Essex Biodiversity Project
Identification - The Hornet Robberfly (Asilus crabroniformis) is a very large and distinct predatory fly (Diptera - true flies) and is one of the biggest in Britain. They are very bristly, have sturdy legs, a deep groove between the eye and a 'beard' to protect the eyes. (Chinery 1986) It is a nationally notable species that is much declined in south-eastern England, and is currently only known in Essex from several cattle or horse grazed sites near the Thames. (Photo copyright Peter Harvey)
General ecology - It is found in unimproved or old grassland and heath, with a long continuity of grazing. The fly breeds on cow pats and other dung and the larvae (maggots) are thought to feed on dung beetle larvae. The adults are found from late July to early October and catch a variety of insects in mid-air and suck them dry. They are usually found resting on cow or horse pats and when disturbed they tend to fly a short distance to a nearby pat.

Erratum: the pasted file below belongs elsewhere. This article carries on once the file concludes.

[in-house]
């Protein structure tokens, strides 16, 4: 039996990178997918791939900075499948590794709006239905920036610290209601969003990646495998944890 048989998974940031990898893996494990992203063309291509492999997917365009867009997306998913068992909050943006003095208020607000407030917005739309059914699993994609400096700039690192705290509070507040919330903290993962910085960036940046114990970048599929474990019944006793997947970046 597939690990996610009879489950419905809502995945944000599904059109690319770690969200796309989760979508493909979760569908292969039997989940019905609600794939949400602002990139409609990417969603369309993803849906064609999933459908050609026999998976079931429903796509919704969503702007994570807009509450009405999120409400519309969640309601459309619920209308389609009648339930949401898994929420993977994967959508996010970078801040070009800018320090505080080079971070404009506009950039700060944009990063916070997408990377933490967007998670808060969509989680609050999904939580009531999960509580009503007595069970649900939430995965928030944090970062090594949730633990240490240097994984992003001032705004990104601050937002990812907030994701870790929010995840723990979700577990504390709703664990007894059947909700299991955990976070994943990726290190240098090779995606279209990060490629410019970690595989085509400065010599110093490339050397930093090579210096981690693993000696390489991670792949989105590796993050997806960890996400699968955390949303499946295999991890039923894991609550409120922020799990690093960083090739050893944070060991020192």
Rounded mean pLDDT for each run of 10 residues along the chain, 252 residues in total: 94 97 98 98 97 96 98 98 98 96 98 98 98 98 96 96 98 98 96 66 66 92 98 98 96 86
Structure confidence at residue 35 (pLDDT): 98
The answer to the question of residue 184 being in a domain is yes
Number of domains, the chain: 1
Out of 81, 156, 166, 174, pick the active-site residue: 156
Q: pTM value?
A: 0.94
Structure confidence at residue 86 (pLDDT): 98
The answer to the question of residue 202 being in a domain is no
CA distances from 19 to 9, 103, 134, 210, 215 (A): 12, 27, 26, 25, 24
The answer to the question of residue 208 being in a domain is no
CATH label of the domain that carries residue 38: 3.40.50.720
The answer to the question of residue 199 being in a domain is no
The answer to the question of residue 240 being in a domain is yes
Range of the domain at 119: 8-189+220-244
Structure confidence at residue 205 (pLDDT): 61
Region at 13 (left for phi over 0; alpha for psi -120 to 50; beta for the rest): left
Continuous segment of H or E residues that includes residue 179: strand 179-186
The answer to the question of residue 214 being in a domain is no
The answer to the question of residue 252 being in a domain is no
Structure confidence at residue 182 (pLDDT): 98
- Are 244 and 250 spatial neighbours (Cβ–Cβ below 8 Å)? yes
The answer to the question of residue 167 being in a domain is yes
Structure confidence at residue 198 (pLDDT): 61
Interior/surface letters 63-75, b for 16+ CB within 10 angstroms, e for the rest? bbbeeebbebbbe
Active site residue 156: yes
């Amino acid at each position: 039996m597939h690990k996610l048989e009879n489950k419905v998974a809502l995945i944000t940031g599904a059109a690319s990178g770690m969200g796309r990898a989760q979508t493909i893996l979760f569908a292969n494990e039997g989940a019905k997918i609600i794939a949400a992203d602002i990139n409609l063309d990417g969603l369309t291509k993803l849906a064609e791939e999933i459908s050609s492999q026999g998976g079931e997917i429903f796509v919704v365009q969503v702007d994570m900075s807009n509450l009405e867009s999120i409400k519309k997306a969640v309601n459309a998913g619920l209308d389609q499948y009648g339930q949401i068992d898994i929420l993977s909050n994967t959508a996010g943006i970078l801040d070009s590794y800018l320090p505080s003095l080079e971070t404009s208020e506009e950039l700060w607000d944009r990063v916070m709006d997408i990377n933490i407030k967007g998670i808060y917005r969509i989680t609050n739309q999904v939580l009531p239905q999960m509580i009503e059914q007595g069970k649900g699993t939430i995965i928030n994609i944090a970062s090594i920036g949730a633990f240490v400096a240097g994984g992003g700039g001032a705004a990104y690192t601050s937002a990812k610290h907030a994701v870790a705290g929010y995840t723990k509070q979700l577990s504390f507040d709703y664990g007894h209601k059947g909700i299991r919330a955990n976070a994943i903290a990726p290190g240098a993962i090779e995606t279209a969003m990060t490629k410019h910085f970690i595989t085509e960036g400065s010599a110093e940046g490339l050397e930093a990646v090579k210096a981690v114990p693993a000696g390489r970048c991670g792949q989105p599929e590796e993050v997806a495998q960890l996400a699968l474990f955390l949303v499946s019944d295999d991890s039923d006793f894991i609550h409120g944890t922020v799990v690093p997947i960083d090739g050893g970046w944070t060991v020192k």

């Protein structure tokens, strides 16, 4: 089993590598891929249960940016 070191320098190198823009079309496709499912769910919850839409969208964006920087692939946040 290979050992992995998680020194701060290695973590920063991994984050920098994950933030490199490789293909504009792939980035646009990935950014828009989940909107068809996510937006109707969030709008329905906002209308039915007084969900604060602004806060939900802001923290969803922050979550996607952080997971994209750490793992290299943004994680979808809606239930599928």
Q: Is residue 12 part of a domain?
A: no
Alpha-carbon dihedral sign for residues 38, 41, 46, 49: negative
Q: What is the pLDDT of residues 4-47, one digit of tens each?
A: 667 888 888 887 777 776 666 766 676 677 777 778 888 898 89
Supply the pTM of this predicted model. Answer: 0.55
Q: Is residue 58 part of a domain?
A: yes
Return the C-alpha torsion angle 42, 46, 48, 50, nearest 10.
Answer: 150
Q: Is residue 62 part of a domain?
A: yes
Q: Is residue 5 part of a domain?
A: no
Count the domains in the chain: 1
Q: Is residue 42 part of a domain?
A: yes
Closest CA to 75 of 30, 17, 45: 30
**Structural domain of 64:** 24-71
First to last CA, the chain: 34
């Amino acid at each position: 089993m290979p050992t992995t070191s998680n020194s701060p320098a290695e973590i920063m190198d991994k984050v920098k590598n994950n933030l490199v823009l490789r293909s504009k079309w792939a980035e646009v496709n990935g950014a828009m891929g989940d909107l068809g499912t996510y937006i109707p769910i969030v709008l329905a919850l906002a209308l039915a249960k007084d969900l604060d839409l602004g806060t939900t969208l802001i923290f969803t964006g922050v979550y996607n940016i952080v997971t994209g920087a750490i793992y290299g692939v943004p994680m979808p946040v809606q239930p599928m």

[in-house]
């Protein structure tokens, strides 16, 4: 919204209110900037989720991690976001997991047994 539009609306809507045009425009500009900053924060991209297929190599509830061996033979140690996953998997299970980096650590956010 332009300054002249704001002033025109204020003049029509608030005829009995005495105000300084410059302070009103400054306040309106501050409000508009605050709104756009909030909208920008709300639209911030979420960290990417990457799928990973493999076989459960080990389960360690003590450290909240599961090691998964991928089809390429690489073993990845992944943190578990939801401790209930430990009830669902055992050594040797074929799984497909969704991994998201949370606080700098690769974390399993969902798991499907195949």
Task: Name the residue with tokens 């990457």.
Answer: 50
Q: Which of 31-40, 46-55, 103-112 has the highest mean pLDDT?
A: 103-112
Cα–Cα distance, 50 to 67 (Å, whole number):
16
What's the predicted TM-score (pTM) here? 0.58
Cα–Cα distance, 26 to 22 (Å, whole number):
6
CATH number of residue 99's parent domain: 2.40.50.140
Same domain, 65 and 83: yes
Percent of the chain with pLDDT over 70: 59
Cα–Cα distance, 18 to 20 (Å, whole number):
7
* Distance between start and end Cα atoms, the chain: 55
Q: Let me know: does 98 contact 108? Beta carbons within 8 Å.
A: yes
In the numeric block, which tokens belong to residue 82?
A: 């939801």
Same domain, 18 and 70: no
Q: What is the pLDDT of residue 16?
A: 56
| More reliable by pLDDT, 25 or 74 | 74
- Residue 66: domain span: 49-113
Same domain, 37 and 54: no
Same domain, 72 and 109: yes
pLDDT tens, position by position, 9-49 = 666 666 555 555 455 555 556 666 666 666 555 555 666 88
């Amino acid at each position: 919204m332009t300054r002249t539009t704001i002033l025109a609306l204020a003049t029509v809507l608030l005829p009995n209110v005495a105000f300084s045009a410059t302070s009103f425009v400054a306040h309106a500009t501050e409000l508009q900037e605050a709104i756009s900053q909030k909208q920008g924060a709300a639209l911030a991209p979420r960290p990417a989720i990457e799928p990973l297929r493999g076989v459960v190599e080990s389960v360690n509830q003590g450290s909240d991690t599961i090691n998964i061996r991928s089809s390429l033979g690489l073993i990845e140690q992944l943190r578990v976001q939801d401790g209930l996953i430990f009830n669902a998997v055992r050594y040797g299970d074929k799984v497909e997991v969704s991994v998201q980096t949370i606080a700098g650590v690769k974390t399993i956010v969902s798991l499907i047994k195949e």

Surveying tips - We need your help to find colonies of this spectacular fly – have you seen it?
Although the Hornet Robberfly is large and distinctive, the adults spend much of their time sitting on cow or horse pats,where they are quite well camouflaged.
Adults are found mainly between late July and early September.They often only fly when disturbed and then only go short distances to another dung pat. They prey on other insects such as grasshoppers and flies, and never feed on flowers, so they are actually easy to miss unless you disturb them as you walk.
The Hornet Robberfly does not bite and is completely harmless to people and animals.
If you think you have seen this fly, please complete and return the survey card (a photograph would be a great help). Thank you.
Download the Hornet Robberfly survey information leaflet (PDF 343KB)
Download the Hornet Robberfly press release (PDF 8KB)